If you're the sort of curmudgeonly fantasy owner who dismisses all prospects as overhyped and likely to underwhelm, then please consider the names below to be your do-not-draft checklist for 2019. You almost certainly ignored Miguel Andujar, Ronald Acuna, Juan Soto and Walker Buehler last season, and you may have been successful without 'em.
There are many potential paths to a fantasy title. You don't need to rely on rookies. If you don't like fun things, then, by all means, don't go prospecting.
But for anyone open to the idea that first-year players can (and consistently do) return significant fantasy profits, today we present nine of the most intriguing prospects for the season ahead. Most of these names should already be familiar to competitive owners. We're not trying to pretend we've unearthed any previously undiscovered gems here. Instead, we're simply giving you the prospects who should be of greatest interest to mixed league managers in redraft formats. These dudes are long gone in dynasty leagues, presumably.
Let's begin with a potential 2020 fantasy first-rounder...
Vladimir Guerrero Jr., 3B, Toronto Blue Jays
Vlad is dealing with a mild oblique strain, as you've no doubt heard, shelved for three weeks. He was already going to be subject to the usual service time manipulation that occurs in MLB, the only league that routinely and unnecessarily hides its best young players. But there's no reason to think we won't see Guerrero in Toronto when the calendar flips to May — and it's going to be glorious.
The kid hit .402 over 234 at-bats at Double-A last season at age 19. Four-oh-two. For the year, he slashed a ridiculous .381/437.636. Vlad never strikes out, his power is legendary, and the projection systems all expect him to hit .300-ish (or better). He's a monster. There's really no such thing as a can't-miss prospect, but Vlad Jr. is as close as it gets. I have no qualms with his top-50 ADP.
Eloy Jimenez, OF, Chicago White Sox
Another monster. Jimenez slashed .337/.384/.577 in the high minors last year, and he was at his best when he hit Triple-A (.355/.399/.597). Jimenez finished with 53 extra-base hits (22 HR) in just 108 games. He's basically unchallenged by International League pitching. When he arrives in Chicago, he'll immediately hit in the heart of the order. You’ll want him.
Jesus Luzardo, LHP, Oakland Athletics
Luzardo's spring has been absurd. Check the numbers: 9.2 IP, 15 Ks, 4 BB, 0.93 ERA, 1.03 WHIP. He struck out 129 batters over 109.2 minor league innings last season, posting excellent ratios (2.88 ERA, 1.08 WHIP). Luzardo may not be the at the very top of the pitching prospect ranks, but he's close. He's also a near-lock to pitch in the early weeks, which makes him a draft day priority.
Victor Robles, OF, Washington Nationals
Robles hasn't hit for significant power at any minor league stop, but we know he's going to run. He swiped 37 bags in 2016 and he's reached 20 steals in multiple seasons. The expert community is all over him, as he's gone for astonishing prices in N.L LABR ($27) and Tout ($25). Robles has been an on-base machine in the minors (career .392), he's terrific defensively and he has eventual all-star upside. Michael Taylor's injury (knee/hip) erased any concerns about playing time. Expect him to be an asset in steals and runs, while hitting for a respectable average.
Fernando Tatis Jr., SS, San Diego Padres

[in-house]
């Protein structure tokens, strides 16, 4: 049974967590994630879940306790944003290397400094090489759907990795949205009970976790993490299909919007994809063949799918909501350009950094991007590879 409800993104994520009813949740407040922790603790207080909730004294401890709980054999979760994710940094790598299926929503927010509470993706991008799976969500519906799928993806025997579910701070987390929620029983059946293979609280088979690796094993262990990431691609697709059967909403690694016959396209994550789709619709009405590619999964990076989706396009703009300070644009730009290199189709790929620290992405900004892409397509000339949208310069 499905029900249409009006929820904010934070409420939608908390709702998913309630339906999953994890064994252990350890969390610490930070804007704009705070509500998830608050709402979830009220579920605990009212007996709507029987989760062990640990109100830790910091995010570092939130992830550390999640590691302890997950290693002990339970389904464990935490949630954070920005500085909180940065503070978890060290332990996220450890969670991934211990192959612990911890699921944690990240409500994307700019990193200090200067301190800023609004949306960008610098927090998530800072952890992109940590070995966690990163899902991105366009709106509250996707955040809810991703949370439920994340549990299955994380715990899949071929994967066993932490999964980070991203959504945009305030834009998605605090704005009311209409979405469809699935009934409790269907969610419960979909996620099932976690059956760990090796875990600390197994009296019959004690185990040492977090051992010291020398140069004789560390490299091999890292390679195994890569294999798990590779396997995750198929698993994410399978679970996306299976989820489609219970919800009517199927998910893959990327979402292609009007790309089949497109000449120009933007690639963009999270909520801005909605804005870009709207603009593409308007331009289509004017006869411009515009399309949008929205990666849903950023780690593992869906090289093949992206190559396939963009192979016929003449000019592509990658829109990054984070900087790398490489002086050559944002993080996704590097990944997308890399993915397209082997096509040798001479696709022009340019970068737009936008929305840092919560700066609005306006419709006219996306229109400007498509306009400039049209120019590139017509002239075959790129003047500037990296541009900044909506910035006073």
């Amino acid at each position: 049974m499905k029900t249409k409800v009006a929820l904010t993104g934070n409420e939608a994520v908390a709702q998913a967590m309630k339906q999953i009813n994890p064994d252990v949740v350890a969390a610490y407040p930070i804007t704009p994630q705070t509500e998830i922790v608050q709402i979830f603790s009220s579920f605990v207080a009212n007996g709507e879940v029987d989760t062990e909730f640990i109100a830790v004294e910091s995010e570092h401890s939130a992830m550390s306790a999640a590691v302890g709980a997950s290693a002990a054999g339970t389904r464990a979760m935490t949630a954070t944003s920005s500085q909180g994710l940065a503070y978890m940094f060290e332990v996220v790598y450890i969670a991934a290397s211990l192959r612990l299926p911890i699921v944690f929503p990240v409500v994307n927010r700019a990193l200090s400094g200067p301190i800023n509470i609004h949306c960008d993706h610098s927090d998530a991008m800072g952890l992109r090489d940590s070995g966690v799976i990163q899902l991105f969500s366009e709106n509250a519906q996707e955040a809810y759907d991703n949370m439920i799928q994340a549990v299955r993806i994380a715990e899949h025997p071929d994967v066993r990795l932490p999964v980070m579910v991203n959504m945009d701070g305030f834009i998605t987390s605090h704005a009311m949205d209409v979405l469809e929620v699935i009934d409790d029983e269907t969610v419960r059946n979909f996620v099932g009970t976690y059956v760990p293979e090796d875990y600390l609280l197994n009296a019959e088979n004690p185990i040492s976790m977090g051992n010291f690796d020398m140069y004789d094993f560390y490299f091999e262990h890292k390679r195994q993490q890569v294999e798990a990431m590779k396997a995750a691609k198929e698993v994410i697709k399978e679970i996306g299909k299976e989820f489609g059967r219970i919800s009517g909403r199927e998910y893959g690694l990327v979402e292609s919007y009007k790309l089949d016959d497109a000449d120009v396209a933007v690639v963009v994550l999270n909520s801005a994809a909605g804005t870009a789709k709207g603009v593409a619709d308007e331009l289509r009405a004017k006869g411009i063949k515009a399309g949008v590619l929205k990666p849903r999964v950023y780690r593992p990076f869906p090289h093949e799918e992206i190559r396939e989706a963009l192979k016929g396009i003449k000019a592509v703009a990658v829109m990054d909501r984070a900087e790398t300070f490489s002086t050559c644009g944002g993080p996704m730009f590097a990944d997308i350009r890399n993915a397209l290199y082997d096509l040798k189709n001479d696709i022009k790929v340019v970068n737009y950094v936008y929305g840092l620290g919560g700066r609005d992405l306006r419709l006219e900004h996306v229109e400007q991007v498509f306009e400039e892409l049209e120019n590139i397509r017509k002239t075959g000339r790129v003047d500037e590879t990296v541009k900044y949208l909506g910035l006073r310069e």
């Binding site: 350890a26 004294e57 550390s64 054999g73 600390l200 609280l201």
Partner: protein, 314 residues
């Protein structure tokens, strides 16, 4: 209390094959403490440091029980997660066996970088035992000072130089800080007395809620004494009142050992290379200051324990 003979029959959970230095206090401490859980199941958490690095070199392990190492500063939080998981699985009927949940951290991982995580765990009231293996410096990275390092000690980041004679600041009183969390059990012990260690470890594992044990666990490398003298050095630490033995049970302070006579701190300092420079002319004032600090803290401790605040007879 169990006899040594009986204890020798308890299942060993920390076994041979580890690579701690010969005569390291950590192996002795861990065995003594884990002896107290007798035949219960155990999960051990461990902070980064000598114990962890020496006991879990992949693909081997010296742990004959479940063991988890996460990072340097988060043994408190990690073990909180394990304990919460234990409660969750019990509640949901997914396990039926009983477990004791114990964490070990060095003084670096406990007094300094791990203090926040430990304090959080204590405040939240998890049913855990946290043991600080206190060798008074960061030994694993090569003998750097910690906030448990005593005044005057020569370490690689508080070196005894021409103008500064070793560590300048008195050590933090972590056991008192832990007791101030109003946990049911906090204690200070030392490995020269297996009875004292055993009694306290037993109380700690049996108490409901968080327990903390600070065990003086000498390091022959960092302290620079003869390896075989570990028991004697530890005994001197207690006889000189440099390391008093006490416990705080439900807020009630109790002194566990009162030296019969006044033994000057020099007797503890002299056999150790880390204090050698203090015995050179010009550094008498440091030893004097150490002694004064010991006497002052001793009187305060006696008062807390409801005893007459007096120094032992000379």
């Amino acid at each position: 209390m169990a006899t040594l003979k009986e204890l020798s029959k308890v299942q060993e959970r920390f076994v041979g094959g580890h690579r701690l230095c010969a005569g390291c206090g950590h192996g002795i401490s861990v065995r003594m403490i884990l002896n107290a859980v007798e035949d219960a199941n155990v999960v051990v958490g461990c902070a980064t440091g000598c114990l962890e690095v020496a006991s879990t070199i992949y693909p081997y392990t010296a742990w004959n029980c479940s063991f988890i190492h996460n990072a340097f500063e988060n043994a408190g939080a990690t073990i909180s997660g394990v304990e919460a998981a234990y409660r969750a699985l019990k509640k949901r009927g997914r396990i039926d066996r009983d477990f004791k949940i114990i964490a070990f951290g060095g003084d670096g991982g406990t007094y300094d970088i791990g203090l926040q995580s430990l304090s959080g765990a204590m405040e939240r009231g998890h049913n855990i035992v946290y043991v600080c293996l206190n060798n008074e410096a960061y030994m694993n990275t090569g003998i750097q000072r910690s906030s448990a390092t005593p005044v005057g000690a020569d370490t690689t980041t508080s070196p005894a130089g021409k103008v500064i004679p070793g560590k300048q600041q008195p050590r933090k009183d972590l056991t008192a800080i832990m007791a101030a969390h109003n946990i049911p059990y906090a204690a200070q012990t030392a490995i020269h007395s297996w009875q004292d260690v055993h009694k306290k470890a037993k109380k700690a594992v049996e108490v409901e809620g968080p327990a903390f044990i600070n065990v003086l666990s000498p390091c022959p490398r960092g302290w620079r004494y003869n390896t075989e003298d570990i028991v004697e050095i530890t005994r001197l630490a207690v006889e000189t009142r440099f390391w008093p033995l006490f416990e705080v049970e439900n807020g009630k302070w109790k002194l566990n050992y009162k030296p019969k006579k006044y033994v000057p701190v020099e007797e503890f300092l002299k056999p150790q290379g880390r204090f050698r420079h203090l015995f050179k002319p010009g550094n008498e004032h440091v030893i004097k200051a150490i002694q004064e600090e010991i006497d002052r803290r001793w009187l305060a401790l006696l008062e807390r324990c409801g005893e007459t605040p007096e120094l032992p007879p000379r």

Two years ago, Tatis produced a 22/32 power/speed season in the minors at age 18, finishing at Double-A. It's clear that he has massive fantasy (and reality) potential. He just turned 20 in January and he's likely to spend the season's opening month or two in the high minors. When he arrives, however, he's going to be all kinds of fun — likely to be a three or four-category asset in our game. Tatis is having a big spring (10-for-33, 6 XBH, 2 HR), so we have no reason to think his bat isn't ready.
Chris Paddack, RHP, San Diego Padres
Paddack's minor league numbers were silly last season (120 Ks, 90.0 IP, 0.82 WHIP) and he's had a tremendous spring. He's a buzzy player within the fantasy guru community, too, for what it's worth. Paddack's change-up is an evil thing. It's tough to believe he won't deliver an impressive K-rate with useful fantasy ratios.
Nick Senzel, 3B, Cincinnati Reds
It feels as if we've been hyping Senzel for a decade, but somehow he's still only 23. He's raked at every minor league level, hitting .314/.390/.513 for his career. Senzel has been blocked in the bigs until recently and he's dealt with a medley of injuries, but there's little question about the readiness of his bat. We're going to see him in center for Cincy early in the season, if all goes according to plan, and he'll bat at or near the top of the order. He'll have immediate fantasy appeal as a source for double-digit homers and steals.
Danny Jansen, C, Toronto Blue Jays
Catcher is a minefield this season, so we'll take whatever help we can get. Jansen reached base at a .390 clip at Triple-A last year and he posted a .400 OBP across three levels in 2017. He has doubles-variety power, but he's still likely to clear the fence 10-14 times in a healthy season. Jansen walked more often than he K'd in the minors just two years ago — a promising sign. He's a decent bet to achieve mixed league relevance.
Forrest Whitley, RHP, Houston Astros
Whitley can throw a zillion miles an hour ...
... and he might very well have the best arm in the prospect pool. He's coming off a weird/difficult minor league season that involved injury and suspension, but he was very good in the Arizona Fall League (36 Ks in 26.0 IP, 0.96 WHIP). Whitley has had a spectacular spring, too. When he makes his way to Houston, it will be an actionable fantasy event.
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